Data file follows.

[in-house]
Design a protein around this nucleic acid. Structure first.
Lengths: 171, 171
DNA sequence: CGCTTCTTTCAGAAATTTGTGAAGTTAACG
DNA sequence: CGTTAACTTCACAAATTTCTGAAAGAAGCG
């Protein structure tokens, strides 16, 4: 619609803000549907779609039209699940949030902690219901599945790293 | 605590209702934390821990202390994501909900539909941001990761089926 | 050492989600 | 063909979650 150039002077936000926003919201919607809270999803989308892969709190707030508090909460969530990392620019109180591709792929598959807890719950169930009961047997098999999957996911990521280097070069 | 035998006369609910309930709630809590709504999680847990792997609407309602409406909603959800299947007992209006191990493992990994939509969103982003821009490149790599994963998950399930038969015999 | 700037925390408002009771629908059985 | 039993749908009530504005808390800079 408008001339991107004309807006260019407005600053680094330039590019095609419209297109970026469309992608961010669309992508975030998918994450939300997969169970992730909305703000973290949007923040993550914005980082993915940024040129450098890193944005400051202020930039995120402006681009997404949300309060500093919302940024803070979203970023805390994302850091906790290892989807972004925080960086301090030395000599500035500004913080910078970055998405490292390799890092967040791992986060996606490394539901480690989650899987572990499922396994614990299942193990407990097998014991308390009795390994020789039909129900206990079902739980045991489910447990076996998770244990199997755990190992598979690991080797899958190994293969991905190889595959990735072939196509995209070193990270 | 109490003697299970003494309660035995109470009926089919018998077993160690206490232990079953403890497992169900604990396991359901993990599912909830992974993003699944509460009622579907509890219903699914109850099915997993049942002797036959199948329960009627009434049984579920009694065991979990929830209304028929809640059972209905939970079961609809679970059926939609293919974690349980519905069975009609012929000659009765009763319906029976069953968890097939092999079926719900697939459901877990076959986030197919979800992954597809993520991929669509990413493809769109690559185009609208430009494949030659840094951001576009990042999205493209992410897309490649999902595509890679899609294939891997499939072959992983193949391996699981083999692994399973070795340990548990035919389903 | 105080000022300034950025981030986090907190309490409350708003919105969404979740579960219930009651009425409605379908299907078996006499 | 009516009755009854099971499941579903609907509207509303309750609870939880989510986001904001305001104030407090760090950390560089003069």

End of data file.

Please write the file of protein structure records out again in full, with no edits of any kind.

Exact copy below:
[in-house]
Design a protein around this nucleic acid. Structure first.
Lengths: 171, 171
DNA sequence: CGCTTCTTTCAGAAATTTGTGAAGTTAACG
DNA sequence: CGTTAACTTCACAAATTTCTGAAAGAAGCG
């Protein structure tokens, strides 16, 4: 619609803000549907779609039209699940949030902690219901599945790293 | 605590209702934390821990202390994501909900539909941001990761089926 | 050492989600 | 063909979650 150039002077936000926003919201919607809270999803989308892969709190707030508090909460969530990392620019109180591709792929598959807890719950169930009961047997098999999957996911990521280097070069 | 035998006369609910309930709630809590709504999680847990792997609407309602409406909603959800299947007992209006191990493992990994939509969103982003821009490149790599994963998950399930038969015999 | 700037925390408002009771629908059985 | 039993749908009530504005808390800079 408008001339991107004309807006260019407005600053680094330039590019095609419209297109970026469309992608961010669309992508975030998918994450939300997969169970992730909305703000973290949007923040993550914005980082993915940024040129450098890193944005400051202020930039995120402006681009997404949300309060500093919302940024803070979203970023805390994302850091906790290892989807972004925080960086301090030395000599500035500004913080910078970055998405490292390799890092967040791992986060996606490394539901480690989650899987572990499922396994614990299942193990407990097998014991308390009795390994020789039909129900206990079902739980045991489910447990076996998770244990199997755990190992598979690991080797899958190994293969991905190889595959990735072939196509995209070193990270 | 109490003697299970003494309660035995109470009926089919018998077993160690206490232990079953403890497992169900604990396991359901993990599912909830992974993003699944509460009622579907509890219903699914109850099915997993049942002797036959199948329960009627009434049984579920009694065991979990929830209304028929809640059972209905939970079961609809679970059926939609293919974690349980519905069975009609012929000659009765009763319906029976069953968890097939092999079926719900697939459901877990076959986030197919979800992954597809993520991929669509990413493809769109690559185009609208430009494949030659840094951001576009990042999205493209992410897309490649999902595509890679899609294939891997499939072959992983193949391996699981083999692994399973070795340990548990035919389903 | 105080000022300034950025981030986090907190309490409350708003919105969404979740579960219930009651009425409605379908299907078996006499 | 009516009755009854099971499941579903609907509207509303309750609870939880989510986001904001305001104030407090760090950390560089003069």